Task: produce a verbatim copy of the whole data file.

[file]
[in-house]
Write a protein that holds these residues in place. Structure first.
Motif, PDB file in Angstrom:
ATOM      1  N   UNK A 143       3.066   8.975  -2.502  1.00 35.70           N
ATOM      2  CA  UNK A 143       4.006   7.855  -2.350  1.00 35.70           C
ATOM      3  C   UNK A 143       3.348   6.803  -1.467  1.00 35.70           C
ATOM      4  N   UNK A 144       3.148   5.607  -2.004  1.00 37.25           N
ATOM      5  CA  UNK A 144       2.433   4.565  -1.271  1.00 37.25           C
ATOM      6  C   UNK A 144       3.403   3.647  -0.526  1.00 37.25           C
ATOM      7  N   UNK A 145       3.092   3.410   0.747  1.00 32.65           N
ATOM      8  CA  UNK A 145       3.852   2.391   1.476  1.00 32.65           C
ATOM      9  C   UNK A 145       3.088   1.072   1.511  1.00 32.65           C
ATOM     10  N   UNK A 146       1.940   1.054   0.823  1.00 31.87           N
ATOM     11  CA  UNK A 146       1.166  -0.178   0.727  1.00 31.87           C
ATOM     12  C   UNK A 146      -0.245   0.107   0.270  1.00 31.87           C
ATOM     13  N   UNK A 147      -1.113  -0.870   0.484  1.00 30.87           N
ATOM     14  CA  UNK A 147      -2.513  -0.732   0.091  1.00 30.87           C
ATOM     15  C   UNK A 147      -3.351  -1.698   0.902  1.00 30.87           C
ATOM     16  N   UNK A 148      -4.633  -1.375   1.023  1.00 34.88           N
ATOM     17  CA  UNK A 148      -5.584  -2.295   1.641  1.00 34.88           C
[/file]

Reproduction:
[in-house]
Write a protein that holds these residues in place. Structure first.
Motif, PDB file in Angstrom:
ATOM      1  N   UNK A 143       3.066   8.975  -2.502  1.00 35.70           N
ATOM      2  CA  UNK A 143       4.006   7.855  -2.350  1.00 35.70           C
ATOM      3  C   UNK A 143       3.348   6.803  -1.467  1.00 35.70           C
ATOM      4  N   UNK A 144       3.148   5.607  -2.004  1.00 37.25           N
ATOM      5  CA  UNK A 144       2.433   4.565  -1.271  1.00 37.25           C
ATOM      6  C   UNK A 144       3.403   3.647  -0.526  1.00 37.25           C
ATOM      7  N   UNK A 145       3.092   3.410   0.747  1.00 32.65           N
ATOM      8  CA  UNK A 145       3.852   2.391   1.476  1.00 32.65           C
ATOM      9  C   UNK A 145       3.088   1.072   1.511  1.00 32.65           C
ATOM     10  N   UNK A 146       1.940   1.054   0.823  1.00 31.87           N
ATOM     11  CA  UNK A 146       1.166  -0.178   0.727  1.00 31.87           C
ATOM     12  C   UNK A 146      -0.245   0.107   0.270  1.00 31.87           C
ATOM     13  N   UNK A 147      -1.113  -0.870   0.484  1.00 30.87           N
ATOM     14  CA  UNK A 147      -2.513  -0.732   0.091  1.00 30.87           C
ATOM     15  C   UNK A 147      -3.351  -1.698   0.902  1.00 30.87           C
ATOM     16  N   UNK A 148      -4.633  -1.375   1.023  1.00 34.88           N
ATOM     17  CA  UNK A 148      -5.584  -2.295   1.641  1.00 34.88           C